A lot of people who knit are lucky to have wise knitting friends who can help decipher pattern language and set them right when mistakes are made. But some people don't know anyone else who knits, or you might not want to call your knitting guru at midnight when you drop a stitch and don't know what to do.
Knit Fix: Problem Solving for Knitters by Lisa Kartus is a fins substitute for a knitting friend. It shows you all sorts of mistakes you could make with your knitting (and a few you've probably already done) as well as providing detailed instructions on how to fix them.
Help is on the Way
No matter what problem you get yourself into in knitting, there is always a way to fix it. Yes, sometimes that fixing involves tearfully tearing out inches and inches of knitting and starting over, but many fixes are less dramatic than that.
Before you go about fixing your mistakes, however, Kartus thinks it's important for you to know what kind of knitter you are. You need to understand your personal knitting philosophy and what mistakes you think are worth fixing.
I know some knitters shudder at the thought that any mistake is not worth fixing, but it's important to think about who the knitted object is for, how obvious the mistake is and if the recipient will notice it, whether you can make the mistake a "design feature" and other issues when pondering to rip or not to rip.
Once you've decided you need to fix a given mistake, this book offers advice on tons of different potential problems, including:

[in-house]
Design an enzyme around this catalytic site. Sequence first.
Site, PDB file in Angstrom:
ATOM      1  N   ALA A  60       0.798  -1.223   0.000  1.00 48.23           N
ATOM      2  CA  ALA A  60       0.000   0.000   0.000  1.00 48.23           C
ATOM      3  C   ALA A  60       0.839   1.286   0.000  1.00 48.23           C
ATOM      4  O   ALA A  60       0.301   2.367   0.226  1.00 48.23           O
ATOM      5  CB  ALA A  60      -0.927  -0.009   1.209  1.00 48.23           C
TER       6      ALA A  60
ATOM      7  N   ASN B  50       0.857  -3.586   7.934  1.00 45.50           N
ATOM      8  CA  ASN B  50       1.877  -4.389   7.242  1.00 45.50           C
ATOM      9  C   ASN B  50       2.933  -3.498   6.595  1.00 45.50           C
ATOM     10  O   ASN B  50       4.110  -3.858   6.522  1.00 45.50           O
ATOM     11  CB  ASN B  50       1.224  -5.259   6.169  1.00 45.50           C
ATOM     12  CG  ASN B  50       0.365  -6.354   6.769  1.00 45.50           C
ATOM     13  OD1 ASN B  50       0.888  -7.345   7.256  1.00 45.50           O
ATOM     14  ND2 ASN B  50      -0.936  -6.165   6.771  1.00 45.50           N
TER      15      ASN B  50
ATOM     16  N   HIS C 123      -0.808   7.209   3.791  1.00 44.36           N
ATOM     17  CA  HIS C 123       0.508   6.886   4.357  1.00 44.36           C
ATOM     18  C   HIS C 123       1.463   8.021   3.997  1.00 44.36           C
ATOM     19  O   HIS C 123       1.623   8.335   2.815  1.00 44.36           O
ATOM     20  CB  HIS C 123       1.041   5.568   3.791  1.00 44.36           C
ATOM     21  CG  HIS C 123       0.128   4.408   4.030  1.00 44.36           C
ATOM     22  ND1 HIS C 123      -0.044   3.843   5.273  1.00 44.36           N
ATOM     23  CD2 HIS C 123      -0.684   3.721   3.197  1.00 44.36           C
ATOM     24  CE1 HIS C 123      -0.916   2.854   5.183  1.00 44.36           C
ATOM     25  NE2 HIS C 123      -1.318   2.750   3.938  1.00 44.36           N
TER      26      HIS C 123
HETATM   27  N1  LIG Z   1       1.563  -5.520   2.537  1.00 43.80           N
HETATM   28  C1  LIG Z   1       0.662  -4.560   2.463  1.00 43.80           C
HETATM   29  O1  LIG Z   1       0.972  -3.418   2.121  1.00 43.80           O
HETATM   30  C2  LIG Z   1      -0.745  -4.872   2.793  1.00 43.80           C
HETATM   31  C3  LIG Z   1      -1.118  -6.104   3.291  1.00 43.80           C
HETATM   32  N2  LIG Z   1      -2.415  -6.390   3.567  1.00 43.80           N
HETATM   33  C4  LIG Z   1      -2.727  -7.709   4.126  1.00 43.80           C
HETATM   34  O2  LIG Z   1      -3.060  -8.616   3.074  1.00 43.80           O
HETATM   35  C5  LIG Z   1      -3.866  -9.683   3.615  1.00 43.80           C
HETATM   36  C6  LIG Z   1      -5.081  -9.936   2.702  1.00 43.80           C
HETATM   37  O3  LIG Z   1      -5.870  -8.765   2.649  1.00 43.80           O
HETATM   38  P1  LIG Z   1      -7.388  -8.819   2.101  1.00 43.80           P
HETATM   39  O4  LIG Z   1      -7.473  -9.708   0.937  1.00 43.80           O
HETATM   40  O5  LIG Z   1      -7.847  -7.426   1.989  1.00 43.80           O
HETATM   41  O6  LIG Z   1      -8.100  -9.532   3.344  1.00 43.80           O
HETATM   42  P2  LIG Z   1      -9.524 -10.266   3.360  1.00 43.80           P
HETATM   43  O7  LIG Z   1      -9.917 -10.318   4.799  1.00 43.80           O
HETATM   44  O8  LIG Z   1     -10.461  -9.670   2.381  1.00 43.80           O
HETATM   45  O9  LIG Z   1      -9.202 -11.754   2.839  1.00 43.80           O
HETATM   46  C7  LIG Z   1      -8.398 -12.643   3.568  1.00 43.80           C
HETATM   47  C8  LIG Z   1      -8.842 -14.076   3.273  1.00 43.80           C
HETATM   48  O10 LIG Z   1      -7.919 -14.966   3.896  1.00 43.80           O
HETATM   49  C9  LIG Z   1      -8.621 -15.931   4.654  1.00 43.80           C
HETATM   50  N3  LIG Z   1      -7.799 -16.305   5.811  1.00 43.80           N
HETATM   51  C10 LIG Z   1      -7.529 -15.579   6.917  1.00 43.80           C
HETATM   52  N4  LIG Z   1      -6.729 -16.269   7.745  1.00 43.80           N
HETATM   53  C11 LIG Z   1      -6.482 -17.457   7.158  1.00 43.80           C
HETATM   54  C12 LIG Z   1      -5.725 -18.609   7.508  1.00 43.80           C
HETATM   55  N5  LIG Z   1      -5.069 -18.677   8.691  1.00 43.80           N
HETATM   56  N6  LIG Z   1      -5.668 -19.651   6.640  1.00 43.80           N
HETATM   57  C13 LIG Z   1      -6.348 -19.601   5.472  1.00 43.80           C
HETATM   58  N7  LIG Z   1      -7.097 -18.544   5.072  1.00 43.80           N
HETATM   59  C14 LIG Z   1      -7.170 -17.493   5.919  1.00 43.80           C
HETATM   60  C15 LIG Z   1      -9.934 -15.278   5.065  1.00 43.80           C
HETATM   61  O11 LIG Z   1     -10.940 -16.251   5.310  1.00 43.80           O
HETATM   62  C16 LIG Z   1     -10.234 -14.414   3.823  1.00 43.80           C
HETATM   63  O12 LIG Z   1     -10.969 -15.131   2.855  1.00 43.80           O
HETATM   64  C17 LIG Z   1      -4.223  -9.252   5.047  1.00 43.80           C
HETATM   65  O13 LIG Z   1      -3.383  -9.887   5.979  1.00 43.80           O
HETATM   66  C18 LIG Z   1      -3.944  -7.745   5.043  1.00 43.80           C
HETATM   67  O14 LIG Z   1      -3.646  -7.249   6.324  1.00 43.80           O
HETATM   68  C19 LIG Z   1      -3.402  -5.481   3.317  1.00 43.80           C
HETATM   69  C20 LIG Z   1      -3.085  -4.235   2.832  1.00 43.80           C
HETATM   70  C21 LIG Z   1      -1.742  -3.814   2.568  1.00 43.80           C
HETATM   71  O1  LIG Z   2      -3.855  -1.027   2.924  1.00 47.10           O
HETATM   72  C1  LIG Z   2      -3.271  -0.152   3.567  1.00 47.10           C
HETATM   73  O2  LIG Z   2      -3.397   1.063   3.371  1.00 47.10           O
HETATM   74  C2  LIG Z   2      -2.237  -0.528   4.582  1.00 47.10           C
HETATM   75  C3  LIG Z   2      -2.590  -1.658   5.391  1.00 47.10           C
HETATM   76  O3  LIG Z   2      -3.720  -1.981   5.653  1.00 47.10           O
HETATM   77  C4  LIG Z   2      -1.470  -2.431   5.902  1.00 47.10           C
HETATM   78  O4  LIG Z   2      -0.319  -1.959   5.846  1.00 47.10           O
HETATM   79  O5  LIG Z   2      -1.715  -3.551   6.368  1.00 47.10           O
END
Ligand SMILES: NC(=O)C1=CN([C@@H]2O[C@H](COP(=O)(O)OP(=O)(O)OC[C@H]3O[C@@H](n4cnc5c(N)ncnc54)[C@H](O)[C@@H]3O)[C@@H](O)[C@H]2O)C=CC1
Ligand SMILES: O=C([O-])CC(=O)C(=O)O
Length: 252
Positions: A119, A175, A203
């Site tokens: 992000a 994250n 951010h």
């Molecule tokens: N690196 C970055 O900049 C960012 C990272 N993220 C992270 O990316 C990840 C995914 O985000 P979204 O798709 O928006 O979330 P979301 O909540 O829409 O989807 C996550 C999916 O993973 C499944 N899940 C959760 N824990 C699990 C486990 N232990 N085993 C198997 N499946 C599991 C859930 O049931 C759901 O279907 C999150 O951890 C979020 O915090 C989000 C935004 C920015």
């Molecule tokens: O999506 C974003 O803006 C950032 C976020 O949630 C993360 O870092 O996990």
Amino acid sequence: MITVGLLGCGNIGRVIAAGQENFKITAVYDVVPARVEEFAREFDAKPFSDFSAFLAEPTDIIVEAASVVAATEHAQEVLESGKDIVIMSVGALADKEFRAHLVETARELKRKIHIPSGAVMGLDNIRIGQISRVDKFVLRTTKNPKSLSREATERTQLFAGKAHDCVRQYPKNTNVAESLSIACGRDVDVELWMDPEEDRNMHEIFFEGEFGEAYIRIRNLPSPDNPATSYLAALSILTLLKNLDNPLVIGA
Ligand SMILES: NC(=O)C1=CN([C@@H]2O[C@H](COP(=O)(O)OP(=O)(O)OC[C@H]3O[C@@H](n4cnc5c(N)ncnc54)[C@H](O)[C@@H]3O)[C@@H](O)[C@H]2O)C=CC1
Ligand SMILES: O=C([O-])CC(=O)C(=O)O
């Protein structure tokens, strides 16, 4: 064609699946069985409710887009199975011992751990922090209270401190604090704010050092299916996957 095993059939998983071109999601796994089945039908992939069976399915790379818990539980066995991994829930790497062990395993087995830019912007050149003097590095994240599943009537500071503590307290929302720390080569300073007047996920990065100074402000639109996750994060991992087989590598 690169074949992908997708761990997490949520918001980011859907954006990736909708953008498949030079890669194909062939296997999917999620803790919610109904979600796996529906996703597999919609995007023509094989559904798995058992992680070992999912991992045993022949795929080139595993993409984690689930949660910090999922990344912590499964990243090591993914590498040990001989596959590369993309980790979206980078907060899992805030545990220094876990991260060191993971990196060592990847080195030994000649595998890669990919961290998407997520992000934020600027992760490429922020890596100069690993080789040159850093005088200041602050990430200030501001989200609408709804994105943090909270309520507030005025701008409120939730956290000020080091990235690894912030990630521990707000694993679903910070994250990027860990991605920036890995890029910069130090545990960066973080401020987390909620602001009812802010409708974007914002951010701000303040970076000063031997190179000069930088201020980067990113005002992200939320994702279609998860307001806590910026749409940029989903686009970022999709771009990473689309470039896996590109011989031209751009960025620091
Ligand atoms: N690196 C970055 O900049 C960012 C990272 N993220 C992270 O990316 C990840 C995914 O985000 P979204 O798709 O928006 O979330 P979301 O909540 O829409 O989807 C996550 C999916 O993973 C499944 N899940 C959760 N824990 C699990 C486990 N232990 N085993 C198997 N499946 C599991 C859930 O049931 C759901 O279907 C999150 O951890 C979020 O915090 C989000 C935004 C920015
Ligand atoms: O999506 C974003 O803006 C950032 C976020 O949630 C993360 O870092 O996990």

- Picking up dropped stitches
- Fixing twisted stitches
- Fixing skipped stitches
- Fixing incorrectly crossed cables
- Fixing a mistake in a color chart
All Problems Big and Small
A section called "Solving Knitting Problems Before They Grow" is a great place for new knitters to see some things that might cause them problems, such as making a twisted loop when joining knitting in the round, making buttonholes, picking up stitches, finishing, blocking and more.
For knitters who are more experienced and comfortable with their craft, there's also a section on "Extreme Fixes," which involves changes you can make in a project after you've finished knitting, such as adding afterthought pockets to a sweater, shortening or lengthening a piece, decreasing the body width and altering the sleeves. While not for the faint of heart, Kartus' descriptions and the clear drawings make you feel like you could make these scary fixes if you had to.
A final section of the book deals with gauge, fit, revising a pattern and choosing the right yarn, all of which can help solve knitting problems before they become major issues.
This book is a wonderful go-to book for knitters of all skill levels. While it's a little big to carry at all times in your knitting bag, you'll still want to keep it close, and keep it open in front of you whenever you're working on fixing a mistake in your knitting.